Jordan Spieth picks up where he left off at Augusta National
AUGUSTA, Georgia—Jordan Spieth picked up right where he left off a year ago.
Just another birdie-filled round at the Masters.
Looking very much like the player who romped to a dominating victory a year ago, the 22-year-old Texan threw up a 6-under 66 on a breezy Thursday at Augusta National to claim a familiar position: the top spot on the leaderboard.
Spieth set a tournament record with 28 birdies in 2015, leading after every round on the way to an 18-under score and his first major title. That sparked one of the great years in golf history, as he went on to capture the U.S. Open at Chambers Bay, just missed out on a playoff in the British Open, and took the runner-up spot behind Jason Day at the PGA Championship.
Day is now the top-ranked player in the world and came into the Masters as the betting favorite. He certainly looked the part playing in the afternoon, shooting a 5-under 31 on the front side to pull within one stroke of the lead.
Don’t expect Spieth to shy away from the challenge.
“We just stay patient with what we’re doing,” he said. “We know how to win this golf tournament.”
Spieth rolled in six birdies—all from within 15 feet—and stayed away from bogey with some impressive saves, most notably at the par-3 fourth, where he pulled off a delicate up-and-down from a treacherous side of the green.
After the putt rolled in, Spieth pumped his fist.
“That keeps momentum there,” he said.
Even though the course was softened overnight by strong thunderstorms, the wind whipping across Augusta National made it tough to go low. It didn’t seem to bother Spieth, who is trying to become only the fourth player to win back-to-back titles.
Tiger Woods was the last to do it in 2001 and 2002. The others: Jack Nicklaus and Nick Faldo.
Among the early finishers, England’s Paul Casey and Justin Rose were Spieth’s closest challengers, each shooting a 69. Four-time major winner Rory McIlroy, who is only missing the Masters from his career Grand Slam, teed off in the final group of the day.
One big name shot himself out of the tournament on the very first hole.
Ernie Els seven-putted — yep, SEVEN — on the way to a sextuple-bogey 10, the highest score ever on the 445-yard hole known as “Tea Olive.” No one had ever posted higher than an 8.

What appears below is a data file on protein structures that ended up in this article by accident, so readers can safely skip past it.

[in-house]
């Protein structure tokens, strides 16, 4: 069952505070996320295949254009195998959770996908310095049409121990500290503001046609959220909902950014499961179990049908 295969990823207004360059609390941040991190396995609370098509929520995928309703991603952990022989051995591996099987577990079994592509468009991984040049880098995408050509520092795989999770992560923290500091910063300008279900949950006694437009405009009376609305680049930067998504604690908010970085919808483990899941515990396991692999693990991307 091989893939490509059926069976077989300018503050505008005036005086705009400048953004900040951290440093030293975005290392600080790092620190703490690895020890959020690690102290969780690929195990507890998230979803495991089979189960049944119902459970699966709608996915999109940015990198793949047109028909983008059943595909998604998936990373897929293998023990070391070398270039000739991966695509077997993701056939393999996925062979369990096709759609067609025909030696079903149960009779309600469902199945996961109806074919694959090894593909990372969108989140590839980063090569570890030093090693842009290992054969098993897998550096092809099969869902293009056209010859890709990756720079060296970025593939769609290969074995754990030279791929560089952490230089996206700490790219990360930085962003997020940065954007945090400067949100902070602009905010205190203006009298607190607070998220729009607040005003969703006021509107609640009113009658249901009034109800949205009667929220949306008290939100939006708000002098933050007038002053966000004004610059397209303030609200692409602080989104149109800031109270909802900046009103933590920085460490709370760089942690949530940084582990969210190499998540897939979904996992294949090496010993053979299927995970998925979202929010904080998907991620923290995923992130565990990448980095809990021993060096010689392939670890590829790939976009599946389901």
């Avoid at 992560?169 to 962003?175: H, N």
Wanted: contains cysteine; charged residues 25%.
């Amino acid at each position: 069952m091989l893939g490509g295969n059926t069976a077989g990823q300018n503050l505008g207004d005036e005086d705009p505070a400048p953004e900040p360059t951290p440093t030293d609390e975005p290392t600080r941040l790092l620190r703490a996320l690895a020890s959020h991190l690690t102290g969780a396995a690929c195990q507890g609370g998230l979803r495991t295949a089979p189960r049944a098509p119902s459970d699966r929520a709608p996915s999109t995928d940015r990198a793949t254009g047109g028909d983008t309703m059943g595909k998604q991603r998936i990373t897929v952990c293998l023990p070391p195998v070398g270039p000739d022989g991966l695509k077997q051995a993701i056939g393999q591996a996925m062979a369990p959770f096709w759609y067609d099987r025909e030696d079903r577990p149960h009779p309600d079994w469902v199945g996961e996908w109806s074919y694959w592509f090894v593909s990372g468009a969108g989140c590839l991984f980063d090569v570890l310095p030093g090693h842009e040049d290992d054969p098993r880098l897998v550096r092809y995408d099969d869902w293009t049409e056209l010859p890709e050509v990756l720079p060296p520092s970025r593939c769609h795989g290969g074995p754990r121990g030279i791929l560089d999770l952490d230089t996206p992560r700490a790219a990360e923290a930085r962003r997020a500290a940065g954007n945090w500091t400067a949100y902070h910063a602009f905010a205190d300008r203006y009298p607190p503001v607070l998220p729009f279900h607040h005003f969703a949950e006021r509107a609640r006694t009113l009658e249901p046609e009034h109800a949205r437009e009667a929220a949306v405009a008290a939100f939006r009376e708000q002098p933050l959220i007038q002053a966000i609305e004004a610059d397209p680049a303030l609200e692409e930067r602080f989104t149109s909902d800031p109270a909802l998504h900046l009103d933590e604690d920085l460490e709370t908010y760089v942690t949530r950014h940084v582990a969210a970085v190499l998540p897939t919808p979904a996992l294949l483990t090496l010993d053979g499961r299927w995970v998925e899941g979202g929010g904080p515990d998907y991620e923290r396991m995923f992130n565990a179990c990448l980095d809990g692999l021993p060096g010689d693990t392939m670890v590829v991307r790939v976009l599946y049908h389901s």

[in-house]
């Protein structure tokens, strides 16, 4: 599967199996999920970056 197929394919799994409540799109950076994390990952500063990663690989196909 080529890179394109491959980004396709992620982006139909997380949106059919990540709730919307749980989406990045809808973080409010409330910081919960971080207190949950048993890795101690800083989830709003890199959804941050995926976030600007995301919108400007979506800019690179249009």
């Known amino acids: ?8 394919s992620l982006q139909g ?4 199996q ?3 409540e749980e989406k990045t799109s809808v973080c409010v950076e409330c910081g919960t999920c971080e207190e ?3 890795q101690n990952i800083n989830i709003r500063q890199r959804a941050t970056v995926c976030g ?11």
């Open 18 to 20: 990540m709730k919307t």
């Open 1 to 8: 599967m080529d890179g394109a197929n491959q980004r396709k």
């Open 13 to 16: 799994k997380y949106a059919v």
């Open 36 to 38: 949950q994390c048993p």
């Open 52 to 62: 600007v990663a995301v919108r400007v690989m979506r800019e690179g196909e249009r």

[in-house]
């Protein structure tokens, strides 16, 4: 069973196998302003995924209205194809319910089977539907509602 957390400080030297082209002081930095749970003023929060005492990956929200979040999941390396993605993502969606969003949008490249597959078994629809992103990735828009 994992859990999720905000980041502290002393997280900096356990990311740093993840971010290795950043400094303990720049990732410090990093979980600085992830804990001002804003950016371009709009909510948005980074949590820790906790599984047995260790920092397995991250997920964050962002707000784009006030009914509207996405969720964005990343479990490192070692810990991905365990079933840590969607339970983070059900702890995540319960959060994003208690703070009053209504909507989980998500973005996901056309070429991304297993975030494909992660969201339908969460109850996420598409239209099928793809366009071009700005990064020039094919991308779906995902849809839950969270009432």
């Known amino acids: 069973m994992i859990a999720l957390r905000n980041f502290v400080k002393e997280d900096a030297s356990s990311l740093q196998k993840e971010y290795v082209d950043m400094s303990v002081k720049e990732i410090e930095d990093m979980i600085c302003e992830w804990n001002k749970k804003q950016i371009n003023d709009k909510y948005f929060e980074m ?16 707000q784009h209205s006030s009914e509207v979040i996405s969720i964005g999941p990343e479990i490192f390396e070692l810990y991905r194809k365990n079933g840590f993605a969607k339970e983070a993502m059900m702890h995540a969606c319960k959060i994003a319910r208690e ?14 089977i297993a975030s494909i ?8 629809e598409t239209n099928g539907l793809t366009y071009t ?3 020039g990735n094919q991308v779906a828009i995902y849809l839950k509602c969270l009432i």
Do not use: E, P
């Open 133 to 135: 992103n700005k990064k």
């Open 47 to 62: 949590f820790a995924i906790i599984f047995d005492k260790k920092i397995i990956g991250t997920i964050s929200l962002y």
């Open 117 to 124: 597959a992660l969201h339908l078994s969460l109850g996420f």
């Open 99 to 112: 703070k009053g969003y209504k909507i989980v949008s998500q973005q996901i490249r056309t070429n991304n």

What made the scene even more surreal, Els’ first putt was a mere 2-footer for par, and his longest attempt was just 4 feet, the ball rolling back and forth past the cup in a scene that would’ve made even a weekend duffer cringe.
Then, with his frustration boiling over, the Big Easy carelessly missed from less than a foot with a sloppy one-handed swat.
Rickie Fowler, perhaps the best player without a major title, ruined his hopes as well on Day One.
His opening drive went sailed into the trees, leading to a double-bogey, and he found both the trees and the creek on No. 13, taking a triple-bogey on the par-5 hole that often gives up plenty of birdies and eagles. At the 16th, Fowler dunked another ball in the water, leading to his second double-bogey of the round.
He finished with an 80, his worst score ever at the Masters.
On the 30th anniversary of his sixth and last Masters title, Nicklaus joined Gary Player to hit the ceremonial opening tee shots shortly after sunrise. Arnold Palmer could only watch, having decided not to swing the club this year because of health issues.
The 86-year-old Palmer did ride a cart out to the first tee, offering that familiar wink and thumbs-up. He also posed for a picture with his two longtime rivals and friends, who combined to win seven straight Masters in the 1960s and collectively won 34 major championships.
Player, the 80-year-old South African who said he prepared by doing 1,300 sit-ups and crunches, belted his drive down the middle. The 76-year-old Nicklaus hit it higher and shorter.
“Gary won his tournament this year,” Nicklaus said with a grin. “I hit a pop-up.”
“I wouldn’t be too concerned about me outdriving you too much,” Player replied, “because you did it to me for 50 damn years.”
But this moment was all about Palmer.
“It was gratifying and sad, because everything shall pass,” Player said. “But it was nice to have him on the tee. I dedicated my first tee shot to him in respect. It’s a very special moment.”
After the original “Big Three” stepped aside, the 80th Masters began for real.